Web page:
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Year : 2021  |  Volume : 5  |  Issue : 3  |  Page : 183-189

Stress Echocardiography Audit: Experience of a Tertiary Care Center

Department of Cardiology, Fortis Hospital Mulund, Mumbai, Maharashtra, India

Correspondence Address:
Dr. Harin Kamleshbhai Vyas
Fortis Hospital Mulund, Goregaon-Mulund Link Road, Mulund, Mumbai - 400 078, Maharashtra
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Source of Support: None, Conflict of Interest: None

DOI: 10.4103/jiae.jiae_63_20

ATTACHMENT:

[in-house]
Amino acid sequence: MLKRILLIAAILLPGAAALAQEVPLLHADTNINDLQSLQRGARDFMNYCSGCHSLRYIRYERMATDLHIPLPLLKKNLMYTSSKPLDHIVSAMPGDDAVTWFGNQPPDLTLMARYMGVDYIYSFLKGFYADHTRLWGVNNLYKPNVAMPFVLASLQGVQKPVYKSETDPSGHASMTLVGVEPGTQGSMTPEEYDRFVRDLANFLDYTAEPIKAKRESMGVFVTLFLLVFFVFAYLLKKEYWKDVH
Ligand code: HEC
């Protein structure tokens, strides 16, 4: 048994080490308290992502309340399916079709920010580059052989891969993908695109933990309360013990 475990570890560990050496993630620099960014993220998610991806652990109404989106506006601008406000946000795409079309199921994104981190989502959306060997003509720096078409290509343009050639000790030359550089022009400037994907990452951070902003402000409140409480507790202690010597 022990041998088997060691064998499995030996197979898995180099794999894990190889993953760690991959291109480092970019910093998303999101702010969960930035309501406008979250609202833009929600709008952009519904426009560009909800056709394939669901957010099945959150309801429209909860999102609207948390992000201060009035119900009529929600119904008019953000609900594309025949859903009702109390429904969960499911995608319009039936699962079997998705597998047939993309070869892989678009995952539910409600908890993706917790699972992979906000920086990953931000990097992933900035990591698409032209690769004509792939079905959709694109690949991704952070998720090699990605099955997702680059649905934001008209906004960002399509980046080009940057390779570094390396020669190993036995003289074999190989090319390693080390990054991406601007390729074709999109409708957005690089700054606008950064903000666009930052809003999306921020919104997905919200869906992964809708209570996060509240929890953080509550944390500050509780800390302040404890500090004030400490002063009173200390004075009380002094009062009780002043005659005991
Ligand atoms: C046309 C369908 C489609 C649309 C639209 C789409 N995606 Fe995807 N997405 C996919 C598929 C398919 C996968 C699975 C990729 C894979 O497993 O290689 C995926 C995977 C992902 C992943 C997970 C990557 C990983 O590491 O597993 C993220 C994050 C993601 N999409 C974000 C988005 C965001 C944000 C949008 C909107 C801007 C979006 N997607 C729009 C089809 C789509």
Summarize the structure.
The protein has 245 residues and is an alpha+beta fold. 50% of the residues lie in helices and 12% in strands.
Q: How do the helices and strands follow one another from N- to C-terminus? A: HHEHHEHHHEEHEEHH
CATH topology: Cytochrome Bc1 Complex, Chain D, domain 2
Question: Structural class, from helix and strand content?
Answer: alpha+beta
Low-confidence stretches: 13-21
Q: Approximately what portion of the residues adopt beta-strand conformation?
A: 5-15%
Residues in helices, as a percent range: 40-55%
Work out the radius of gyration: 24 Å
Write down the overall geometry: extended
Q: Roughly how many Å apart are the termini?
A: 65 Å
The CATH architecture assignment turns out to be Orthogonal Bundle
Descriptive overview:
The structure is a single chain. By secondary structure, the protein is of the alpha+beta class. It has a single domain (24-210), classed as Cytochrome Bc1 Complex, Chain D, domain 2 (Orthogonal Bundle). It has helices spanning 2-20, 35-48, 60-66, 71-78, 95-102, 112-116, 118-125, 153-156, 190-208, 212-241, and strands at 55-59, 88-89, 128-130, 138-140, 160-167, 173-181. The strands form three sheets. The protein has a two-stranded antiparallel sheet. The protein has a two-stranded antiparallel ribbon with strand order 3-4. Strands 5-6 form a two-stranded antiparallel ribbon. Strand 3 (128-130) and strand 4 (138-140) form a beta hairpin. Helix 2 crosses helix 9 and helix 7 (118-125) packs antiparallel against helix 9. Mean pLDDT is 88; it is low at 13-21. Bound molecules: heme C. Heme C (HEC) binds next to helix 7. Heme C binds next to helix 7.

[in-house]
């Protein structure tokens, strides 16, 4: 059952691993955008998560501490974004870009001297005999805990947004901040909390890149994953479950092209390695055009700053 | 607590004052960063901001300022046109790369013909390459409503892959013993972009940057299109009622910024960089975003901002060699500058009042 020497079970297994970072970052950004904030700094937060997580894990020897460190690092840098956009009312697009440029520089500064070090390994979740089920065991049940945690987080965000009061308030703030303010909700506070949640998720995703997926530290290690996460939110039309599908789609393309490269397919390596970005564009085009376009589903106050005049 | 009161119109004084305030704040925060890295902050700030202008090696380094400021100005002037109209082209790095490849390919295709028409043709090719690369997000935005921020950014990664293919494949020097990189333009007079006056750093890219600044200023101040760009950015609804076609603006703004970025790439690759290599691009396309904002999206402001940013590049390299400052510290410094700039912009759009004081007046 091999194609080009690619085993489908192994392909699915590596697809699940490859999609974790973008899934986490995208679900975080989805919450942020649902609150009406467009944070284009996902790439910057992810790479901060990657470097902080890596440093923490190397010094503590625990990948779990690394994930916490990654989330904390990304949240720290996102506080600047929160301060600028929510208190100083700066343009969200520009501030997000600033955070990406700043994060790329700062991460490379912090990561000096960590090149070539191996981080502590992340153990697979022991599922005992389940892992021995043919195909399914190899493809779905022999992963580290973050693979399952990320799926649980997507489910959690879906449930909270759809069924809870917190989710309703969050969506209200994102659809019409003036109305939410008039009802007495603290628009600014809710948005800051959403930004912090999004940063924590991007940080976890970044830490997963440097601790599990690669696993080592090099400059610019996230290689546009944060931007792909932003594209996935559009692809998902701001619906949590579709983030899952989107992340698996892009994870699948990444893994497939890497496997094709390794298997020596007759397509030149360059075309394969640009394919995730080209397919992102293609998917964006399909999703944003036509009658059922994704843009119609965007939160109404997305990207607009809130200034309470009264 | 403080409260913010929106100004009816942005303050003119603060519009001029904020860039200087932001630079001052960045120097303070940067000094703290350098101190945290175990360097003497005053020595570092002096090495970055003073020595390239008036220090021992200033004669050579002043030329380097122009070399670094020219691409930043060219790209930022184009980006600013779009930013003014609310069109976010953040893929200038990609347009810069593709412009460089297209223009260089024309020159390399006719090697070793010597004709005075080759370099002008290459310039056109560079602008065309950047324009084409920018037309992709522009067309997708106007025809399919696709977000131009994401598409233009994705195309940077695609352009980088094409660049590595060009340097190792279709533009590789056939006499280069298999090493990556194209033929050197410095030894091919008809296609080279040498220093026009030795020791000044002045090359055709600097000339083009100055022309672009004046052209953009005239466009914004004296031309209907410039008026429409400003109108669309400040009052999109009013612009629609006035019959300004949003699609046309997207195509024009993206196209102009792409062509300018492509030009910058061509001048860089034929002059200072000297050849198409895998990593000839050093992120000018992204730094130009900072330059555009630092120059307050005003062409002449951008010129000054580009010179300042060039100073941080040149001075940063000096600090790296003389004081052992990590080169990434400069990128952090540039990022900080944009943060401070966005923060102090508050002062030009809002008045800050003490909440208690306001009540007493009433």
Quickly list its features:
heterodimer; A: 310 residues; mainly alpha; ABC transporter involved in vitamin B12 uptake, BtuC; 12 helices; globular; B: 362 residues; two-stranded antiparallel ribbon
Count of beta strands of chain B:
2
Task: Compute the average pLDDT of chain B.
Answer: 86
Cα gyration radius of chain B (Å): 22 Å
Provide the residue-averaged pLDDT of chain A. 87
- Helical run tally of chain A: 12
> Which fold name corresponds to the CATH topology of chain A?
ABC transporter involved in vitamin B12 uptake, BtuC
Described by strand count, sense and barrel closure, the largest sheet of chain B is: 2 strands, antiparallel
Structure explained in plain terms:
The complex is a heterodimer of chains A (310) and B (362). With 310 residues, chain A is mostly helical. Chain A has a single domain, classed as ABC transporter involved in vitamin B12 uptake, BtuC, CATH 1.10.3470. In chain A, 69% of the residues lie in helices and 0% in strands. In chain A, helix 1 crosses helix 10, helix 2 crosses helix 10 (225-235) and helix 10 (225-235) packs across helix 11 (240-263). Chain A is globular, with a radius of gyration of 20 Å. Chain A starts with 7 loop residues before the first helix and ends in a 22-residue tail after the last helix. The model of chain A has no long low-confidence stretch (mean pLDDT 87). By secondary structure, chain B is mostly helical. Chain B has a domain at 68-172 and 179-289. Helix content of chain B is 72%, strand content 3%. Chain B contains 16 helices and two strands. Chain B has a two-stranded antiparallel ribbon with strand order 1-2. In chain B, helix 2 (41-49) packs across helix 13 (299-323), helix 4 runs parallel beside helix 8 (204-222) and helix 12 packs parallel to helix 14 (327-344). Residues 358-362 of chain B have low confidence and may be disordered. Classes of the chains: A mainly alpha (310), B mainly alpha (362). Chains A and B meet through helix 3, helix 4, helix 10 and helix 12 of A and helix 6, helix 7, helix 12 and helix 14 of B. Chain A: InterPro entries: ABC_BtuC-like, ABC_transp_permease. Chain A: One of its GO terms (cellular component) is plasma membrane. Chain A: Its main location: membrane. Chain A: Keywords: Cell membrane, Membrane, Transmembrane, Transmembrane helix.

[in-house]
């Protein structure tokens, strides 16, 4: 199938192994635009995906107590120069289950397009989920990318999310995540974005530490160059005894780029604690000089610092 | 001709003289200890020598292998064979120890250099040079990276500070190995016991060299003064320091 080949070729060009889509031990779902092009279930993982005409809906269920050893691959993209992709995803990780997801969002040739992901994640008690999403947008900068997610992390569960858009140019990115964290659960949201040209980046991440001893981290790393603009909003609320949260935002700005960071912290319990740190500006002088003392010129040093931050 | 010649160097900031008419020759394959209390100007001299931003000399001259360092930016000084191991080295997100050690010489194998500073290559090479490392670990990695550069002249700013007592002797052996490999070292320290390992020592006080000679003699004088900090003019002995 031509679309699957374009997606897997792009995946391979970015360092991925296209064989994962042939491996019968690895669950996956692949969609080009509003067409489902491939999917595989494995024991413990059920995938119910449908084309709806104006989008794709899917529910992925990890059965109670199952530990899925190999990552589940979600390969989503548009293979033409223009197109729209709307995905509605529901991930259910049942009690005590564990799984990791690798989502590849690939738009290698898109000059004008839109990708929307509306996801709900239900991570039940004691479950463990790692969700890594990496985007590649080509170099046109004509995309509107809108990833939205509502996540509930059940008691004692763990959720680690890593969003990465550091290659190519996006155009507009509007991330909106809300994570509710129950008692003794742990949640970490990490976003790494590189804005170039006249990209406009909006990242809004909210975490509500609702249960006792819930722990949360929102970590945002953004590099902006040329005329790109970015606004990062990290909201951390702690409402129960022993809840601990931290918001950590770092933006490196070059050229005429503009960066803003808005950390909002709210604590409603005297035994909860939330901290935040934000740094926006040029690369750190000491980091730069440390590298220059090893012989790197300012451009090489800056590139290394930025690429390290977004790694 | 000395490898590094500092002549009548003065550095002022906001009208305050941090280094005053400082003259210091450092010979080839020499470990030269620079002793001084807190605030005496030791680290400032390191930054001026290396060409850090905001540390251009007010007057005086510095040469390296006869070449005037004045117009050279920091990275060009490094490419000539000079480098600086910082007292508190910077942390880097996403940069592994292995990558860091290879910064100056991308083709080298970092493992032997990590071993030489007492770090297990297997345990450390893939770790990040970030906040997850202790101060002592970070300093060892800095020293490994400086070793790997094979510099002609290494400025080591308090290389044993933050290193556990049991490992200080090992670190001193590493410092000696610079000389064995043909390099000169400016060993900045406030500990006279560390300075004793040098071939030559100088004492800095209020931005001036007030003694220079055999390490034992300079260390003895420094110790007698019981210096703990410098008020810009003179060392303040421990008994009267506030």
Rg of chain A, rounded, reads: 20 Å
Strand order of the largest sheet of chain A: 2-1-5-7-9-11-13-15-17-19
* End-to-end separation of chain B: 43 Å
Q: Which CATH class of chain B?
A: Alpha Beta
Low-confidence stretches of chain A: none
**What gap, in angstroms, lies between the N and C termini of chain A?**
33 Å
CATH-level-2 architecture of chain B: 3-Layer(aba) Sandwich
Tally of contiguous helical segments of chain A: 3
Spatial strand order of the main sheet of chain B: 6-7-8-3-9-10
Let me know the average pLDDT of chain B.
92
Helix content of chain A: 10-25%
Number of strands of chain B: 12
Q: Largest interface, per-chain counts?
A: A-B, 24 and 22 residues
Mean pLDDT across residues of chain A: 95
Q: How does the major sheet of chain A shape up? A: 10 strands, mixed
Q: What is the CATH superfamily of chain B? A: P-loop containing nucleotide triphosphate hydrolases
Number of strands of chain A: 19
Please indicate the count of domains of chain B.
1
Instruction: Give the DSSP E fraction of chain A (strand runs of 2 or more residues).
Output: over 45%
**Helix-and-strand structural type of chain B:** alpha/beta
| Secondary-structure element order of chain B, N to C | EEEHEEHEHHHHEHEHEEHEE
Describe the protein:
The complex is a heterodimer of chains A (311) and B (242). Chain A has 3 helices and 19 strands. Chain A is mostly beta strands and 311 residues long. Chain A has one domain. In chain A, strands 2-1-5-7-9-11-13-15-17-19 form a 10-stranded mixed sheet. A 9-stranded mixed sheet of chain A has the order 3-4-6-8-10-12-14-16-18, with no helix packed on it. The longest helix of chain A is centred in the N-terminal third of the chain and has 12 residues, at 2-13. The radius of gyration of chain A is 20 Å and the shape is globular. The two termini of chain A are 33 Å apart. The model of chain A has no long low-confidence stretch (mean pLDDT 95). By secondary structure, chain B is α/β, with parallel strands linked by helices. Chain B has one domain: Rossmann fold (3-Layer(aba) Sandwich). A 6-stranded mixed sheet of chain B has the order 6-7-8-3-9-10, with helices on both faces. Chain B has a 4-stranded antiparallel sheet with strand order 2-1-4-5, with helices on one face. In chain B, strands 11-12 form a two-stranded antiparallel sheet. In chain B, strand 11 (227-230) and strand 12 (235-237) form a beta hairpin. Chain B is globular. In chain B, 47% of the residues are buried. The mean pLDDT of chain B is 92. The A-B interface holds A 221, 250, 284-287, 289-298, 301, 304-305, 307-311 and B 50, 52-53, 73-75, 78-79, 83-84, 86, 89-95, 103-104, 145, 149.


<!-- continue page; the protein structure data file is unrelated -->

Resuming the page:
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Background: Stress echocardiography is a very useful diagnostic and prognostic test in the evaluation of significant coronary artery disease (CAD) causing inducible myocardial ischemia. Stress echocardiography has higher sensitivity and specificity as compared to exercise stress electrocardiography, and therefore, the guidelines recommend opting for the former modality over the latter. There are data suggesting that the incidence of major cardiac events is <1% within 12 months of a negative stress echocardiogram showing no reversible ischemia. The present audit was performed to assess the predictive accuracy of stress echocardiography at our center for major cardiac events during the first year of the test. Methods: Data for all patients referred for stress echocardiography between March 10, 2015 and December 31, 2018 were captured. All patients were contacted after 1 year to evaluate for any cardiac event (cardiac death, nonfatal myocardial infarction, need for revascularization or hospital admission related to acute coronary syndrome, and/or heart failure). Analysis was performed using the standard statistical definitions. Results: Baseline information was available for 1205 patients (mean age 59 years, 60% males). Of these, 416 (34.4%) had documented CAD; 223 (18.4%) underwent stress echocardiography for chest pain evaluation, whereas 273 (22.6%) underwent the test for preoperative assessment before a noncardiac surgery. Dobutamine stress echocardiography was the modality in 1145 (95.0%) patients; ultrasound contrast was used in 1154 (95.8%) patients. One-year event rates were available for 1024 patients. Stress echocardiography was normal in 1009 (98.5%) of these patients, eight of whom had a cardiac event during the subsequent year, yielding a negative predictive value (NPV) of 99.2%. The test was abnormal in 15 (1.5%) patients, but two of them were later found to have normal coronary arteries, yielding a positive predictive value (PPV) of 86.7%. The NPV and PPV were thus both at par or even higher than most other centers. The incidence of complications during stress echocardiography was extremely low. Conclusions: This audit shows that stress echocardiography at our center has an excellent safety as well as accuracy for predicting major adverse cardiac events during the subsequent year. Stress echocardiography could thus obviate the need for coronary angiogram and even revascularization in many patients. Our findings also reinforce the value of stress echocardiography as a greatly useful preoperative test for cardiac fitness in patients undergoing a major noncardiac surgery.

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